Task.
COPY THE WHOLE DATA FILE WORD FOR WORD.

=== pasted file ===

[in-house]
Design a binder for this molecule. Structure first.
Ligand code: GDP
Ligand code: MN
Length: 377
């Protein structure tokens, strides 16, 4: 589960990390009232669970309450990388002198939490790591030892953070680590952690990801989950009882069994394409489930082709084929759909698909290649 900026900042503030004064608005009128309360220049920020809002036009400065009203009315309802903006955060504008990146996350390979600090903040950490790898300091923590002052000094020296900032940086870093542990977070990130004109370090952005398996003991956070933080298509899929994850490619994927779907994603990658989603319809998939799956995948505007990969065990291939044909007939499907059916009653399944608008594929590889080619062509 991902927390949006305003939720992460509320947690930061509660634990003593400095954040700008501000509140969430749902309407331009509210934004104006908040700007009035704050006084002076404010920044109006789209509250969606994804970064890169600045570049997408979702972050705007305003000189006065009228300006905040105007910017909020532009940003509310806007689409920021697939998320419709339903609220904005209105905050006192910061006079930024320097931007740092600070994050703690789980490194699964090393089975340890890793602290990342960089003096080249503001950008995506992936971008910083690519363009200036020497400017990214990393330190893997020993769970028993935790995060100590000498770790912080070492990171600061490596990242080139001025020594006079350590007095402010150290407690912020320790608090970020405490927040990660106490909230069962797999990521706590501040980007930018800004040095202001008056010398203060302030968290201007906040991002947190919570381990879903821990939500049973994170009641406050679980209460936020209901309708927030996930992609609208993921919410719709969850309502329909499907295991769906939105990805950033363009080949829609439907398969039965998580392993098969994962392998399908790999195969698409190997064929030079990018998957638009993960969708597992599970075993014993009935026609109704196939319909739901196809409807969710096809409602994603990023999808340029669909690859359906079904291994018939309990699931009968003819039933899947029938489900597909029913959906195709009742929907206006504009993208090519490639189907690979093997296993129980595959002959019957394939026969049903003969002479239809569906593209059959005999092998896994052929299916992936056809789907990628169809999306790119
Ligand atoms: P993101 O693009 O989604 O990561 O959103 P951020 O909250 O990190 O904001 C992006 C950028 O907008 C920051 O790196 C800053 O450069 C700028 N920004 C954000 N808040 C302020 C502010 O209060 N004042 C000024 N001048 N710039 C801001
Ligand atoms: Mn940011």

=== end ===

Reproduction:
[in-house]
Design a binder for this molecule. Structure first.
Ligand code: GDP
Ligand code: MN
Length: 377
């Protein structure tokens, strides 16, 4: 589960990390009232669970309450990388002198939490790591030892953070680590952690990801989950009882069994394409489930082709084929759909698909290649 900026900042503030004064608005009128309360220049920020809002036009400065009203009315309802903006955060504008990146996350390979600090903040950490790898300091923590002052000094020296900032940086870093542990977070990130004109370090952005398996003991956070933080298509899929994850490619994927779907994603990658989603319809998939799956995948505007990969065990291939044909007939499907059916009653399944608008594929590889080619062509 991902927390949006305003939720992460509320947690930061509660634990003593400095954040700008501000509140969430749902309407331009509210934004104006908040700007009035704050006084002076404010920044109006789209509250969606994804970064890169600045570049997408979702972050705007305003000189006065009228300006905040105007910017909020532009940003509310806007689409920021697939998320419709339903609220904005209105905050006192910061006079930024320097931007740092600070994050703690789980490194699964090393089975340890890793602290990342960089003096080249503001950008995506992936971008910083690519363009200036020497400017990214990393330190893997020993769970028993935790995060100590000498770790912080070492990171600061490596990242080139001025020594006079350590007095402010150290407690912020320790608090970020405490927040990660106490909230069962797999990521706590501040980007930018800004040095202001008056010398203060302030968290201007906040991002947190919570381990879903821990939500049973994170009641406050679980209460936020209901309708927030996930992609609208993921919410719709969850309502329909499907295991769906939105990805950033363009080949829609439907398969039965998580392993098969994962392998399908790999195969698409190997064929030079990018998957638009993960969708597992599970075993014993009935026609109704196939319909739901196809409807969710096809409602994603990023999808340029669909690859359906079904291994018939309990699931009968003819039933899947029938489900597909029913959906195709009742929907206006504009993208090519490639189907690979093997296993129980595959002959019957394939026969049903003969002479239809569906593209059959005999092998896994052929299916992936056809789907990628169809999306790119
Ligand atoms: P993101 O693009 O989604 O990561 O959103 P951020 O909250 O990190 O904001 C992006 C950028 O907008 C920051 O790196 C800053 O450069 C700028 N920004 C954000 N808040 C302020 C502010 O209060 N004042 C000024 N001048 N710039 C801001
Ligand atoms: Mn940011």